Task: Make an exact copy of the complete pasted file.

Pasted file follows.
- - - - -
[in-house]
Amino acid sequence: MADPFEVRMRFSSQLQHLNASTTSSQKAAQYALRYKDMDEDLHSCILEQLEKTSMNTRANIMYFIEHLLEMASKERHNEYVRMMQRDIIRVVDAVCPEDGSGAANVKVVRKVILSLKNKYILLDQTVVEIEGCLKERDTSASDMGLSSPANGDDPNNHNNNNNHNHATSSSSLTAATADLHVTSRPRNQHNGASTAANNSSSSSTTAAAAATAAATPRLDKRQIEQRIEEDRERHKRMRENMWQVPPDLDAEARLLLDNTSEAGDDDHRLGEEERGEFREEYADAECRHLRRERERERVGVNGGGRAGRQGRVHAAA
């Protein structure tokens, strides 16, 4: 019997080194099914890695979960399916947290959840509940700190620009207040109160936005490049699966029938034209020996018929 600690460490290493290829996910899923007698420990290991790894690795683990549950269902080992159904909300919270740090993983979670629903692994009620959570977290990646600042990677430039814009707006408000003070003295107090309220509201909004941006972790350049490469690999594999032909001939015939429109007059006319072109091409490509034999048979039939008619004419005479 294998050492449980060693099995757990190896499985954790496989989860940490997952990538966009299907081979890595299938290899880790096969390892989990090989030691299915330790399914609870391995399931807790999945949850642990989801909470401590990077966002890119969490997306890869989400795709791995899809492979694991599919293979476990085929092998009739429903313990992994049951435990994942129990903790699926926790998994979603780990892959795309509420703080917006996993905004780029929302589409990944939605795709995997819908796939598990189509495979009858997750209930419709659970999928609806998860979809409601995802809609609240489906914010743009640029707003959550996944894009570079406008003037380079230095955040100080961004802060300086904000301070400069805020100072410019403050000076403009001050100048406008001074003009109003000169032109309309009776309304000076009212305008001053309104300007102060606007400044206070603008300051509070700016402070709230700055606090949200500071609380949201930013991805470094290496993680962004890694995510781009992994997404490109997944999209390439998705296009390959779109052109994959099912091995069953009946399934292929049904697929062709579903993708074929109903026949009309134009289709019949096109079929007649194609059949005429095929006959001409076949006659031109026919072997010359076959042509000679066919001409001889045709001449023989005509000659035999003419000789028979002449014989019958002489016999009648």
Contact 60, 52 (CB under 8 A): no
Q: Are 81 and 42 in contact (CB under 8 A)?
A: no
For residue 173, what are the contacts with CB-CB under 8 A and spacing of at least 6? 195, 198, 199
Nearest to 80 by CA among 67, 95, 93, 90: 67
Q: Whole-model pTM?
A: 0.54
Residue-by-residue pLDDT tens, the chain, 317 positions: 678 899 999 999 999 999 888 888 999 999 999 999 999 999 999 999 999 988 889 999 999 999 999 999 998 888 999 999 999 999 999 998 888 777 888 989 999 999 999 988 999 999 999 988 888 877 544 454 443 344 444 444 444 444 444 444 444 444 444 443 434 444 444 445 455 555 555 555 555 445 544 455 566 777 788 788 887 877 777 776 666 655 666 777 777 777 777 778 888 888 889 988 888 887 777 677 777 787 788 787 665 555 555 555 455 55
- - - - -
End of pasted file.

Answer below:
[in-house]
Amino acid sequence: MADPFEVRMRFSSQLQHLNASTTSSQKAAQYALRYKDMDEDLHSCILEQLEKTSMNTRANIMYFIEHLLEMASKERHNEYVRMMQRDIIRVVDAVCPEDGSGAANVKVVRKVILSLKNKYILLDQTVVEIEGCLKERDTSASDMGLSSPANGDDPNNHNNNNNHNHATSSSSLTAATADLHVTSRPRNQHNGASTAANNSSSSSTTAAAAATAAATPRLDKRQIEQRIEEDRERHKRMRENMWQVPPDLDAEARLLLDNTSEAGDDDHRLGEEERGEFREEYADAECRHLRRERERERVGVNGGGRAGRQGRVHAAA
């Protein structure tokens, strides 16, 4: 019997080194099914890695979960399916947290959840509940700190620009207040109160936005490049699966029938034209020996018929 600690460490290493290829996910899923007698420990290991790894690795683990549950269902080992159904909300919270740090993983979670629903692994009620959570977290990646600042990677430039814009707006408000003070003295107090309220509201909004941006972790350049490469690999594999032909001939015939429109007059006319072109091409490509034999048979039939008619004419005479 294998050492449980060693099995757990190896499985954790496989989860940490997952990538966009299907081979890595299938290899880790096969390892989990090989030691299915330790399914609870391995399931807790999945949850642990989801909470401590990077966002890119969490997306890869989400795709791995899809492979694991599919293979476990085929092998009739429903313990992994049951435990994942129990903790699926926790998994979603780990892959795309509420703080917006996993905004780029929302589409990944939605795709995997819908796939598990189509495979009858997750209930419709659970999928609806998860979809409601995802809609609240489906914010743009640029707003959550996944894009570079406008003037380079230095955040100080961004802060300086904000301070400069805020100072410019403050000076403009001050100048406008001074003009109003000169032109309309009776309304000076009212305008001053309104300007102060606007400044206070603008300051509070700016402070709230700055606090949200500071609380949201930013991805470094290496993680962004890694995510781009992994997404490109997944999209390439998705296009390959779109052109994959099912091995069953009946399934292929049904697929062709579903993708074929109903026949009309134009289709019949096109079929007649194609059949005429095929006959001409076949006659031109026919072997010359076959042509000679066919001409001889045709001449023989005509000659035999003419000789028979002449014989019958002489016999009648």
Contact 60, 52 (CB under 8 A): no
Q: Are 81 and 42 in contact (CB under 8 A)?
A: no
For residue 173, what are the contacts with CB-CB under 8 A and spacing of at least 6? 195, 198, 199
Nearest to 80 by CA among 67, 95, 93, 90: 67
Q: Whole-model pTM?
A: 0.54
Residue-by-residue pLDDT tens, the chain, 317 positions: 678 899 999 999 999 999 888 888 999 999 999 999 999 999 999 999 999 988 889 999 999 999 999 999 998 888 999 999 999 999 999 998 888 777 888 989 999 999 999 988 999 999 999 988 888 877 544 454 443 344 444 444 444 444 444 444 444 444 444 443 434 444 444 445 455 555 555 555 555 445 544 455 566 777 788 788 887 877 777 776 666 655 666 777 777 777 777 778 888 888 889 988 888 887 777 677 777 787 788 787 665 555 555 555 455 55